Choice Words

We are at Boots, Etc., exit 149 when driving South in Georgia towards New Orleans. We watch as a man hammers hand-wrought silver tips onto Henry’s new red leather boots. The man uses shining little nails, he squints, he moves his hands as delicately as a pianist, as a mother braiding hair. As he works behind the counter, he tells the saleswoman about his divorce. She pulls on her long blond braid as she listens.  

Now what do I do about this, he asks, holding up his heavy forearm, where Victoria, the name of his now ex-wife, is tattooed in leaking cursive.

Sir, I want to tell you something nice: A cake, a Queen, a park in Germany, but We’ve really got to get going down that highway again, says Henry.  

We fall into a sort of trance, watching the red taillights in front of us and the white headlights on the opposite lane as we drive down the long straight road through Alabama.  

We stop in traffic for five hours on this long straight road because a fire has bloomed in the centre lane. A dark swamp buzzes on either side of the highway. Above us is a super blood moon, hazy red because the dispersed light from all the Earth’s sunrises and sunsets falls on the face of the moon at mid-eclipse, – the moon becomes the murky meeting place of day and night’s transition. It hangs above the stilled highway like a wet orange cloth on a line, sagging under the weight of its saturation.  

People get out of their cars and walk up and down the road, talking to other drivers through their windows, asking for a bottle of water or to listen to the radio, asking first names. We hang out of the window and look at the stars. We tell riddles to pass the time, and watch police cars pass.  

Drivers, I want to tell you something nice: The secret reds of the earth are showing themselves, but we again begin to move down the long, black snake-back of the road, and soon we are carrying luggage up to the porch in the lamplight.  

I sleep on the floor by a heater with three blue flames; it sings a hissing tune all night. This is about the time I am having dreams that I am riding in an elevator which, with every passing floor, shrinks, until I have to crawl out on my belly, seconds before I would be totally crushed. Strange room of grinding pulleys, strange room of transition, with every new horizon I come closer to losing my form.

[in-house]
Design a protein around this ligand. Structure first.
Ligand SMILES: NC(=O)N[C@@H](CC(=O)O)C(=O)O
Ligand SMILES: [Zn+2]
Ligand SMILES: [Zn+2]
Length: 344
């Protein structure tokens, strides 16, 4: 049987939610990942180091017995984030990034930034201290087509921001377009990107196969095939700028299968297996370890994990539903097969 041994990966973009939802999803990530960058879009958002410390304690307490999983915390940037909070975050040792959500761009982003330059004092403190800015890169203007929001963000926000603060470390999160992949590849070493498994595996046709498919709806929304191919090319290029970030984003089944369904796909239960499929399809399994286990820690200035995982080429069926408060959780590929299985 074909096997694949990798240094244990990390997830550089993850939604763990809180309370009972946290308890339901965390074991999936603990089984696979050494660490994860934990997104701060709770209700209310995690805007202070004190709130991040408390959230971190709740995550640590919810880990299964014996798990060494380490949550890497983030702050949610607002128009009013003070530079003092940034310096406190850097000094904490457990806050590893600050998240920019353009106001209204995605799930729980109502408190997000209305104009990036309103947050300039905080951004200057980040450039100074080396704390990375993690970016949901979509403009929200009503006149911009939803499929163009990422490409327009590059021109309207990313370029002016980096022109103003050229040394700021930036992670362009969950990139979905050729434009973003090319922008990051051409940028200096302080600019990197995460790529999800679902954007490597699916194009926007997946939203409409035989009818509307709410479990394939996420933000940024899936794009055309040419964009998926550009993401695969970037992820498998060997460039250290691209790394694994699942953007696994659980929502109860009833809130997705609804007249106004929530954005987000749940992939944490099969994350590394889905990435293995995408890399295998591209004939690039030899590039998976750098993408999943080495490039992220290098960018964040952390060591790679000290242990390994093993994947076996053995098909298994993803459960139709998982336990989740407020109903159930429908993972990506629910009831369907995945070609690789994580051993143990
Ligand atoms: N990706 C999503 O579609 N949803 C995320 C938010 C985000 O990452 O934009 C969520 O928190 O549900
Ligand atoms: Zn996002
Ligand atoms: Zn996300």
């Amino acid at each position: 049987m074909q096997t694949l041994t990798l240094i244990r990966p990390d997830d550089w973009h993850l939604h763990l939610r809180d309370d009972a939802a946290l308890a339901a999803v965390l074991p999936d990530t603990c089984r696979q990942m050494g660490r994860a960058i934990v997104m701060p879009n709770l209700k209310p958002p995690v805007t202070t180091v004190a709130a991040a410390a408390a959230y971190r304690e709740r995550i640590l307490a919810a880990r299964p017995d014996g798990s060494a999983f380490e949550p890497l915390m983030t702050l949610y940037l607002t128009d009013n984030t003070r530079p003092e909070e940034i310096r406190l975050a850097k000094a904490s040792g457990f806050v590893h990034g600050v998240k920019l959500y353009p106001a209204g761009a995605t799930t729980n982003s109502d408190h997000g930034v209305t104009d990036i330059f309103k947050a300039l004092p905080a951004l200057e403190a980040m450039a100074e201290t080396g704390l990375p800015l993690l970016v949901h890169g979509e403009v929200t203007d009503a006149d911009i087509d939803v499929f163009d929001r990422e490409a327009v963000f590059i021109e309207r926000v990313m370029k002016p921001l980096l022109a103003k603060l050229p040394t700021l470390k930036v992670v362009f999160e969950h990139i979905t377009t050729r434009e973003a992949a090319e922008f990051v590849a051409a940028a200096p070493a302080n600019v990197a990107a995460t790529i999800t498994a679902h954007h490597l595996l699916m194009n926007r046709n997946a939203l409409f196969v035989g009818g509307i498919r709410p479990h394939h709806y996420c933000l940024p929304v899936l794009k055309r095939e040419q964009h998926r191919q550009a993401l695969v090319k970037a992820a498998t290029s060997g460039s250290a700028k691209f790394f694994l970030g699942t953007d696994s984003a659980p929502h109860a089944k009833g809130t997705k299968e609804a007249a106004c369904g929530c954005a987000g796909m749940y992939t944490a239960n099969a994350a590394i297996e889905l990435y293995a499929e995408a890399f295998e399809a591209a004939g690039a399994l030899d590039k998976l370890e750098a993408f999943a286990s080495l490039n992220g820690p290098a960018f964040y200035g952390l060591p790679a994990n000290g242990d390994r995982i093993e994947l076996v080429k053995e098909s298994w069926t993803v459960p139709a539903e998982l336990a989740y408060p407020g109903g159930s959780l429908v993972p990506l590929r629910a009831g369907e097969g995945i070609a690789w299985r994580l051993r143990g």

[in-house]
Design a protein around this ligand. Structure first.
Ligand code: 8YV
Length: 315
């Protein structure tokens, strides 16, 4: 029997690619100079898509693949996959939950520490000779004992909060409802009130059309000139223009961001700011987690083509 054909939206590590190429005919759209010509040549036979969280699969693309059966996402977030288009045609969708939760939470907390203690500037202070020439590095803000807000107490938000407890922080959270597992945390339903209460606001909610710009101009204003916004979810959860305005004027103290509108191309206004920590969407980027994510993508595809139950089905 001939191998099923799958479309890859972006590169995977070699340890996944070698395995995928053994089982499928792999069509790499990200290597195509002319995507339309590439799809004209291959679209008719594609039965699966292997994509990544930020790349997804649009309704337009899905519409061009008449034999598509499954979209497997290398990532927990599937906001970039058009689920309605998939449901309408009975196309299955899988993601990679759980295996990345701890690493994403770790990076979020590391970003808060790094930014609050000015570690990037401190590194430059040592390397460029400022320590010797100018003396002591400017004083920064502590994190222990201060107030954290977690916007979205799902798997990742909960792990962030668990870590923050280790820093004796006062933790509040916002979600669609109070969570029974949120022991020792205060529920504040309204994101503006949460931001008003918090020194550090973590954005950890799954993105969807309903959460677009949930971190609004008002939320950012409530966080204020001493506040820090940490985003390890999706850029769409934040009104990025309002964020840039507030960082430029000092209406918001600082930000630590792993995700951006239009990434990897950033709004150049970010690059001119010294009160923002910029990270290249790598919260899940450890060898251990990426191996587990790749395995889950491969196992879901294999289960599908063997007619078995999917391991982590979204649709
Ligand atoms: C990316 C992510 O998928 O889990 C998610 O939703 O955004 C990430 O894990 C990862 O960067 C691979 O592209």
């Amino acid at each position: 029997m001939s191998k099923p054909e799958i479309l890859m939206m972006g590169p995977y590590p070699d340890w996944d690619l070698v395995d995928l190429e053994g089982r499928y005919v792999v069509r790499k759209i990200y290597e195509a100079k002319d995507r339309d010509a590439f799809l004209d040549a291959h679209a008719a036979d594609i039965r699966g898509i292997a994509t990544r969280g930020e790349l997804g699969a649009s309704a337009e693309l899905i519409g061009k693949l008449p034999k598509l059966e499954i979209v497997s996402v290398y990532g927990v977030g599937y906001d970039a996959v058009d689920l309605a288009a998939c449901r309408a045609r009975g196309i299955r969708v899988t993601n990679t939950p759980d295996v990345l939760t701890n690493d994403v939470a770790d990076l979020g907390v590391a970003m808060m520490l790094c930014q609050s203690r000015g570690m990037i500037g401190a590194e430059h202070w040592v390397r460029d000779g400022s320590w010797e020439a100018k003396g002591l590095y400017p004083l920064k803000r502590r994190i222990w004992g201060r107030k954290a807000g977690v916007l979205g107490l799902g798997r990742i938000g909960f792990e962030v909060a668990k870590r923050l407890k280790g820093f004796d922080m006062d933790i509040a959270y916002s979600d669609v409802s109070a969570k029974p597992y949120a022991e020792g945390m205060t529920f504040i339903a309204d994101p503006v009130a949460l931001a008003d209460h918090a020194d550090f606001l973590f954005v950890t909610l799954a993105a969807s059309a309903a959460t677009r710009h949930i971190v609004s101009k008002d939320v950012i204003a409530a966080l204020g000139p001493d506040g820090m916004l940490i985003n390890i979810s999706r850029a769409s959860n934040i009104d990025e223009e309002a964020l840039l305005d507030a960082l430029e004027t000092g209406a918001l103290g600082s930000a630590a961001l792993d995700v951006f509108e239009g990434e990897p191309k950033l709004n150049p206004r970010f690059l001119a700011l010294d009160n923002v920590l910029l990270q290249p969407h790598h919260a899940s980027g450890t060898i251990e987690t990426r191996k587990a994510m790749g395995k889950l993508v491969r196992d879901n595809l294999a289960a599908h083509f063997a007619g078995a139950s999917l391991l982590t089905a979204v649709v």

In the morning, in the sunlight, we repaint the kitchen chairs in the backyard with sky-blue paint. Henry has strung up porcelain masks and seashells in the fruit trees, planted cacti in ceramic pots.  

Henry’s friend, Louise, the Los Angeles witch, has just burned down a wall of her house with thirty-three candles from a blood-moon ritual. Her roommate got mad and moved out, and took all the silverware with her, so Louise can’t cook. Now Louise is sitting at the table, sculpting salt on the unpainted surface, wearing high heels and showing us her modelling photographs. 

Louise, I want to tell you something nice: I have a collection of sugar spoons to donate towards your empty kitchen drawers, but the chairs need another coat of paint, and you leave so quickly to tell fortunes online.  

In the evening, I sit in the kitchen while Henry washes bunches of white mulberry branches in the sink, eats kumquats, bitter skin and all. It’s growing dark. The lights won’t turn on. Henry goes to buy matches.  

I call the electric company; the woman hums on the phone while she waits for Henry’s customer number to register in her computer and bring up his red account. I like her humming. It’s nice, I tell her, and she begins to sing. We forget the computer, and the number. I imagine her there in her cubicle closing her eyes and singing to me, her headset cradled close to her cheek in the same way my sister cradles her child to her cheek. I sit there on the phone, silent, in the dark, and listen. 

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